Tag Archives: Leuphana Universität Lüneburg

Six Tips for Perfect Presents – And They’re Sustainable!

By Veronika M. Heinrich

Like every year, Christ­mas always sneaks up and sud­den­ly you’re con­front­ed with one of the most impor­tant tasks of the sea­son: gift shopping.

The shop­ping malls are crowd­ed, every­thing seems to be on sale, and above all, you feel that the gift should be sus­tain­able. Find­ing some­thing that ben­e­fits your wal­let and the envi­ron­ment is hard. But fear not! This year, I’ve cre­at­ed a check­list to make find­ing the right present eas­i­er for you.

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“My Name” – Vignettes about You

By Maria Moss

Vignettes are won­der­ful! Some­times described as a slice of life, vignettes can be so short that they take away the fear of end­ing up with a white page. Unlike a short sto­ry, there’s no defined begin­ning, mid­dle, or end with a cast of char­ac­ters, mul­ti­ple con­flicts, and the ulti­mate res­o­lu­tion phase. Instead, the vignette’s impres­sion­is­tic scenes focus on one moment or give a par­tic­u­lar insight into one char­ac­ter, idea, or setting.

The Mex­i­can Amer­i­can author San­dra Cis­neros is the unchal­lenged queen of vignette writ­ing, and her col­lec­tion of 44 vignettes,  (1984) is a must read.

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Put On Your Mourning Clothes, it’s Black Friday

By Hannah Quinque

Pho­to Cred­it: Final­ly, an occa­sion to go shop­ping! Pic­ture by Powhusku under cc-by-sa‑2.0.

Set­ting the scene: Gray Novem­ber skies, sea­son­al blues at full vol­ume. This Fri­day: Black. There’s no escap­ing the loud adver­tise­ments in the shop win­dows, at bus sta­tions, in every mail­box and inbox. They all pro­claim that this Fri­day, the one after Thanks­giv­ing, is the time to start shop­ping. Even if your coun­try, like Ger­many, doesn’t cel­e­brate Thanks­giv­ing. Black Fri­day, con­sumer culture’s biggest hol­i­day, is one very suc­cess­ful Amer­i­can export. Yet, how we cur­rent­ly view suc­cess might not be in tune with the suc­cess­ful con­tin­u­ance of human­i­ty or even a hab­it­able plan­et earth.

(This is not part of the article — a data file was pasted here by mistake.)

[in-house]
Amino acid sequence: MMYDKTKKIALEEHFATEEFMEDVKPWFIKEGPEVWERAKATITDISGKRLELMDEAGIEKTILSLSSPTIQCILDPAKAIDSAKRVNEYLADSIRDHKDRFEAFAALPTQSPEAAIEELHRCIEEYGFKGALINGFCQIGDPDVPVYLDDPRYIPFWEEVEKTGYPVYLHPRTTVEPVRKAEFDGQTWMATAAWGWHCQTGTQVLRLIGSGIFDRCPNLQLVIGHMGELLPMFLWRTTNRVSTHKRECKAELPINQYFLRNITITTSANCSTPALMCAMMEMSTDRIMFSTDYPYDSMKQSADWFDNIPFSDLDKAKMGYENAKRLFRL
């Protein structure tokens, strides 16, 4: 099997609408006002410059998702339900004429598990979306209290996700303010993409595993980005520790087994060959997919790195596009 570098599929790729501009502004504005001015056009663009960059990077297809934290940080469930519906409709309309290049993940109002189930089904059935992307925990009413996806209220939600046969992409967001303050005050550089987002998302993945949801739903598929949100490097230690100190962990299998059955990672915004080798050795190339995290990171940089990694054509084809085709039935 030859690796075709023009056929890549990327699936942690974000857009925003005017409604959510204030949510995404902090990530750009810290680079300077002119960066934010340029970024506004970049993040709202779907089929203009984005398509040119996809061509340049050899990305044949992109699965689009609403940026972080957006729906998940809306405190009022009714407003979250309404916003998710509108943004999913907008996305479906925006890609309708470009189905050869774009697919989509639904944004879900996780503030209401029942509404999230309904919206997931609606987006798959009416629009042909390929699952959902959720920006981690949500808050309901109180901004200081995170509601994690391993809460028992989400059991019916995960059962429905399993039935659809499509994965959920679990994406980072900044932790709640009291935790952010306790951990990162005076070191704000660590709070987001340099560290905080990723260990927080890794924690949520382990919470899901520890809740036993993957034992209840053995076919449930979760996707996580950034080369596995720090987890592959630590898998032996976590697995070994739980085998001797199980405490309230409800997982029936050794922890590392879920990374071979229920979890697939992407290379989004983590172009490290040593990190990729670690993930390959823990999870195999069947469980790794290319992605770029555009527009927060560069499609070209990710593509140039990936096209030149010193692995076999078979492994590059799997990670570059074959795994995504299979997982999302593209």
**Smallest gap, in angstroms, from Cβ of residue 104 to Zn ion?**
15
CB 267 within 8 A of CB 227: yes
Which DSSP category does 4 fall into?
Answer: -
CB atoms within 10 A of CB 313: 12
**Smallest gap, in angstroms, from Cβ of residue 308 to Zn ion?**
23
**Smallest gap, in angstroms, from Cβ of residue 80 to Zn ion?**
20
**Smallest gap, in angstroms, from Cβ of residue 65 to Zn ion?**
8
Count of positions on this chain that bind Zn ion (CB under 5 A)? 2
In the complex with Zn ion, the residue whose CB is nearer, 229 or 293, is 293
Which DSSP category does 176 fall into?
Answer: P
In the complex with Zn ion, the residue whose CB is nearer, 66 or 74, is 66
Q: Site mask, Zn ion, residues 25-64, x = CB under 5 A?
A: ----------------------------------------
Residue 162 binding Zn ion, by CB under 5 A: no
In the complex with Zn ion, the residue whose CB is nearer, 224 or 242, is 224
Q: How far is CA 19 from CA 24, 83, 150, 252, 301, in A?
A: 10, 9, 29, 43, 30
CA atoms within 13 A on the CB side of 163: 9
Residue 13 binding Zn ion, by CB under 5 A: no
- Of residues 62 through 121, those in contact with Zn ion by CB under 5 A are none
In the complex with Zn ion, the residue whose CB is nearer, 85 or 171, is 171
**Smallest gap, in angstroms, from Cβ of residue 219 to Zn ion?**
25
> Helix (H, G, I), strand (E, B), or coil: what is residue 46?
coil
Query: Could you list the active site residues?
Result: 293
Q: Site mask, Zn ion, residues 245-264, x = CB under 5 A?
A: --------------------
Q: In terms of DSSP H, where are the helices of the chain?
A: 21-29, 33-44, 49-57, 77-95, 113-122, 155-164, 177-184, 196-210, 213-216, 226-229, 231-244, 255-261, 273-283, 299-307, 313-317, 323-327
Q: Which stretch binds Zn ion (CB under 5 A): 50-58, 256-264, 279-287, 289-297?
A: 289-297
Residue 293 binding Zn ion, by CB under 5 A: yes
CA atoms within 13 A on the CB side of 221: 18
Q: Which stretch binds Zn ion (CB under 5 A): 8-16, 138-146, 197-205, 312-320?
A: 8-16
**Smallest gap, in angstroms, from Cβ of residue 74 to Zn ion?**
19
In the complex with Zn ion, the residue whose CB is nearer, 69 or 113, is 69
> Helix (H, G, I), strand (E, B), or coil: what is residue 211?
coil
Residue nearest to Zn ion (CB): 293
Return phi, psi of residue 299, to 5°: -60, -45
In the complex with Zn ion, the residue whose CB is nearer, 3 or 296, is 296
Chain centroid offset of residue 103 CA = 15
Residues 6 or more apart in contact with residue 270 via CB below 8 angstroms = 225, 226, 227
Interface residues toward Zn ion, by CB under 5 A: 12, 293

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America and the Holocaust

By Michael Lederer

Beyond a severe­ly lim­it­ed immi­gra­tion quo­ta kept to a bare min­i­mum, few­er than a thou­sand Jew­ish refugees from Europe were admit­ted into the U.S. dur­ing World War II. In August 1944, they were brought on a sin­gle U.S. Lib­er­ty ship, then interned behind barbed wire on an old U.S. Army camp upstate New York until after the war had end­ed. That small lucky group includ­ed my father Ivo, his sis­ter Mira, and their par­ents Otto and Ruza.

Pho­to Cred­it: Michael Led­er­er: Otto, Mira, Ruza, and Ivo Led­er­er in Oswego, New York, 1945.

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Native American History Month and Hostile Climates

By Hannah Quinque

The peak of progress and democ­ra­cy? Dził Nchaa Si An or Mount Gra­ham (AZ) is an unmov­able reminder that some are more equal than oth­ers. Pic­ture by Jbpar­rish at https://commons.wikimedia.org/wiki/File:Mount_graham_in_2020.jpg under CC-BY-SA‑4.0.

This arti­cle has been start­ed and scrapped time and time again. An Amer­i­can stud­ies blog should run Native Amer­i­can sto­ries reg­u­lar­ly and most def­i­nite­ly for Native Amer­i­can Her­itage Month this Novem­ber. But then I, the author, am just anoth­er white Euro­pean try­ing to share some­body else’s sto­ries. So here’s what I decid­ed to do: I’ll use this plat­form as a reminder to lis­ten else­where, all year around.

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The Big Bang Blog: The Toxic Relationship Comedy

By Veronika M. Heinrich

The Big Bang The­o­ry is pure poi­son in a soci­ety that just got a wake-up call.
Just yes­ter­day, I saw anoth­er post reveal­ing its prob­lem­at­ic themes. What tru­ly shocked me were the com­ments – most of them in defence of their beloved series. “Don’t get your feel­ings hurt. It’s just a fun­ny show!” they claim. But it’s not.
Like many oth­ers, I also enjoyed watch­ing The Big Bang The­o­ry in my teenage years. I was hap­py that there was a show that por­trayed nerd cul­ture and ref­er­enced it. I didn’t ques­tion the harm­ful themes the show relies on. To be hon­est, I didn’t even see them. Now that my eyes are opened, I can’t unsee them. I can bare­ly stand to watch an entire episode. The char­ac­ters’ behav­ior around women and each oth­er is just too painful.
I can’t wrap my head around why this show ran for so many sea­sons and wasn’t can­celled ear­li­er. Sheldon’s quirk­i­ness is so fun­ny after all, isn’t it?
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